Understanding the Different Types of Health Plans – PPO, HMO, HDHP, EPO

It’s good to have choices when it comes to health insurance that way you can find one that best suits you as an individual or you and your family. While there are a variety of health plan options to choose from, the most common plan types are an HMO, PPO, HDHP and EPO. Generally speaking, the difference in most health plans includes the size of the plan network, the ability to see specialists, the plan costs and the coverage for out-of-network services. Let’s take a closer look at each plan type to see how they’re alike, how they differ, and how you can choose the type of plan that meets your needs.

HMO Plan

HMO is a health maintenance organization plan. With an HMO plan, you have to stay in your provider network when seeking doctors and hospitals for care. In addition, you must have a referral to see a specialist. An HMO network is made up of providers that have agreed to lower their rates for plan members and also meet quality standards. Care under this plan typically has more restrictions for coverage than other plans, such as allowing only a certain number of doctor visits, tests or treatments.

Key Points About HMO Plans:

  • Some plans may require you to select a primary care physician (PCP), who will determine what treatment you need.
  • With some plans, you may need a PCP referral to be covered when you see a specialist or have a special test done.
  • If you opt to see a doctor outside of an HMO network, there is no coverage, meaning you will have to pay the entire cost of medical services.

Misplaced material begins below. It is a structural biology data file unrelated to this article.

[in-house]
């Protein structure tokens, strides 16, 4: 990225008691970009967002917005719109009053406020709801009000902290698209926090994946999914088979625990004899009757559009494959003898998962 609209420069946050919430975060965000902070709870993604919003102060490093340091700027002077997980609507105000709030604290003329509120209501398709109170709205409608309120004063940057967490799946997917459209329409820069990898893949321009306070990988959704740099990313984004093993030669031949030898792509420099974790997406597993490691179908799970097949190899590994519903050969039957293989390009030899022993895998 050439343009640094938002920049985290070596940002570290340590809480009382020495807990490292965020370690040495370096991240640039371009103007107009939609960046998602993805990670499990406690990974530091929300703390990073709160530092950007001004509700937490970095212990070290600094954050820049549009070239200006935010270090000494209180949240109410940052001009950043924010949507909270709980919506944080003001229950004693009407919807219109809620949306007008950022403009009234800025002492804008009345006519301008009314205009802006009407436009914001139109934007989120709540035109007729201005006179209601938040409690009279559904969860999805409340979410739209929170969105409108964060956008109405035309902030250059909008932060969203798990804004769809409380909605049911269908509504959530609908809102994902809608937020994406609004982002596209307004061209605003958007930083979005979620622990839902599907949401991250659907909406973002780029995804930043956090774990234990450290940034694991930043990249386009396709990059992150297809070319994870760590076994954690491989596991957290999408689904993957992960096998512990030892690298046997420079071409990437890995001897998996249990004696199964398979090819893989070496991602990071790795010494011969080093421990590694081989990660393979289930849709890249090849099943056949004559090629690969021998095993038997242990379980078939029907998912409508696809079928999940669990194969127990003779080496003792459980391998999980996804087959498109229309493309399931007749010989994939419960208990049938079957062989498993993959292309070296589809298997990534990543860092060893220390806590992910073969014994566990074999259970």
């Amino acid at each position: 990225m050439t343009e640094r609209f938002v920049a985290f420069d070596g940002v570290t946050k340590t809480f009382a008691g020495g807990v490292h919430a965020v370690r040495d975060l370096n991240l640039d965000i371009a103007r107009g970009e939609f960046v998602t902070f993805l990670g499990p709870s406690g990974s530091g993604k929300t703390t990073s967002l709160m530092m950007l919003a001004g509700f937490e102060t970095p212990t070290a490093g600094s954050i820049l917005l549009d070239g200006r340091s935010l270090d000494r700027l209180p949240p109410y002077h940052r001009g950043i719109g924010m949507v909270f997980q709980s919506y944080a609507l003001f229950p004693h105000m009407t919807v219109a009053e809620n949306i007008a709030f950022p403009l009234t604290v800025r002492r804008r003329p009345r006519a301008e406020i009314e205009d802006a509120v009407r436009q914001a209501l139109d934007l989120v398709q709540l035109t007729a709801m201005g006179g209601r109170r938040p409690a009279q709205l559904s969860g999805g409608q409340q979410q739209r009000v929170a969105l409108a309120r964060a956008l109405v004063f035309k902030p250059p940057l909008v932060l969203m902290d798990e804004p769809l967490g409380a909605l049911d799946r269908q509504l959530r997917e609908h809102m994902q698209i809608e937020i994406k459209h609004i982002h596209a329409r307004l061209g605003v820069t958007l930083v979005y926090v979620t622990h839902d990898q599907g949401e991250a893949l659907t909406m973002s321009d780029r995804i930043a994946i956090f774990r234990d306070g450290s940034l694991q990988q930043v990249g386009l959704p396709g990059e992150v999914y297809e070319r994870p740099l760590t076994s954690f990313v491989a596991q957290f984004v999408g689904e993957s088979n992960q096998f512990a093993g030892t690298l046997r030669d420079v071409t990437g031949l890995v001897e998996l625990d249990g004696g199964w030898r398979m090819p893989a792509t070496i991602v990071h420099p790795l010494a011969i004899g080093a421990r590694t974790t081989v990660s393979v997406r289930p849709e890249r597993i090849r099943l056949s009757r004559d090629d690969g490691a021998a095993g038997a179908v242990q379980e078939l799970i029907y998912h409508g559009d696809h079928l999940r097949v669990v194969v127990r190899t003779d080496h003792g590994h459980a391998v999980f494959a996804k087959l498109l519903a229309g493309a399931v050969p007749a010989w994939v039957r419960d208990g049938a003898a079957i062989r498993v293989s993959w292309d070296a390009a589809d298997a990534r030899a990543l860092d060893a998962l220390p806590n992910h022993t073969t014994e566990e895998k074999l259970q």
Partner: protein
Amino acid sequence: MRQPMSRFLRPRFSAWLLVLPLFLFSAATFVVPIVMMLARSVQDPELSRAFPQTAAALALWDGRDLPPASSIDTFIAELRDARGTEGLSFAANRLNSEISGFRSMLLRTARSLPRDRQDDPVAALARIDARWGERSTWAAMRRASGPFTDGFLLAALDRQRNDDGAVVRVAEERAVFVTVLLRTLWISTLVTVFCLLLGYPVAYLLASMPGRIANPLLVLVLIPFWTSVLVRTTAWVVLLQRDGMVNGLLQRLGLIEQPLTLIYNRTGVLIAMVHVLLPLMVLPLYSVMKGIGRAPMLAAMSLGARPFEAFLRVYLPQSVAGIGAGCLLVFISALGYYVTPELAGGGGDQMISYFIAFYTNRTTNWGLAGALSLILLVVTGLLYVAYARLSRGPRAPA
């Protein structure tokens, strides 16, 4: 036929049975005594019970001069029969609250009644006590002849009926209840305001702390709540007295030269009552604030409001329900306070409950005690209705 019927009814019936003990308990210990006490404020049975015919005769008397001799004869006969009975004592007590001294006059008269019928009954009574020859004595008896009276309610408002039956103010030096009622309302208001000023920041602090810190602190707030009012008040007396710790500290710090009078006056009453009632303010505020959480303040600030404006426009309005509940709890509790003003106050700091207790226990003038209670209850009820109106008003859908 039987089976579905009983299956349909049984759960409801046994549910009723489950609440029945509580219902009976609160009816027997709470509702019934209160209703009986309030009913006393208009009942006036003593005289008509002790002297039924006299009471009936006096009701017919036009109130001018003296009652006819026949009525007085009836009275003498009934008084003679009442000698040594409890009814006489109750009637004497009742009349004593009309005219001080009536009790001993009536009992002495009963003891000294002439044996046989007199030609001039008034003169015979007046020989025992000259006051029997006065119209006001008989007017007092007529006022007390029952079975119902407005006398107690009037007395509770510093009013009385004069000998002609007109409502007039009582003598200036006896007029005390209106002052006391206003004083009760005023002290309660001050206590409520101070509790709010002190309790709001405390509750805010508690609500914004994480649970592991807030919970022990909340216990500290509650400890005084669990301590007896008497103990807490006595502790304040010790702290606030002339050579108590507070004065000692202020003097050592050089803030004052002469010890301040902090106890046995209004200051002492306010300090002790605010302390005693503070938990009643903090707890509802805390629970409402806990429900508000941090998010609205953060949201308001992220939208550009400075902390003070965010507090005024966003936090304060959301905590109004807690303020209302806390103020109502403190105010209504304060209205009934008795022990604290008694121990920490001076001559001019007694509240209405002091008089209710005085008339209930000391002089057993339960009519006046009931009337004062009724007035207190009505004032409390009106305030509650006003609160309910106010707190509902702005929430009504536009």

• Premiums are generally lower for HMO plans, and there is usually no deductible or a low one.

PPO Plan

With a PPO Plan, also known as a Preferred Provider Organization, you get more flexibility to see specialists and doctors in-or-out of your network, but it often comes at a higher monthly premium. A PPO plan allows you to choose when and where you seek health care without the need of a referral. A PPO plan gives you increased flexibility and allows you to bypass seeing a primary care physician every time you need specialty care. So, if you are a heavy healthcare user or have a large family, the flexibility of a PPO plan may be worth it.

Key Points About PPO Plans:

  • You can see the doctor or specialist you’d like without having to see a PCP first.
  • You can see a doctor or go to a hospital outside the network and you may be covered. However, your benefits will be better if you stay in the PPO network.
  • Premiums tend to be higher and it’s common for there to be a deductible.


More employers are offering HDHPs (High Deductible Health Plans), alongside traditional health plans (HMO and PPO) – this is part of a trend that gives employees more choices. If you’re young, healthy and rarely go to the doctors, an HDHP may be a good fit. The monthly premium is lower, but the deductible is higher. What does this mean? Basically, you pay less each month, but if you do need care, you end up paying more of that cost on your own before the insurance company starts to help.


An EPO is an exclusive provider organization plan. It’s kind of a hybrid of an HMO and PPO. This health plan offers a local network of doctors and hospitals for you to choose from and a referral is not needed for a specialist. An EPO is usually more pocket-friendly than a PPO, however anything out of network is not covered. If you’re looking for lower monthly premiums and are willing to pay a higher deductible when you need health care, you may want to consider an EPO plan.

In the end, it’s not really a question of which plan is better, but which plan is best for you. Consider the pros and cons of each plan, along with your particular situation. With any plan, check the provider network to see if your preferred providers are in the plan’s network, since staying in-network will save you money. Have questions on which plan is right for you? Download our guide to selecting a health insurance plan or give us a call to learn more.

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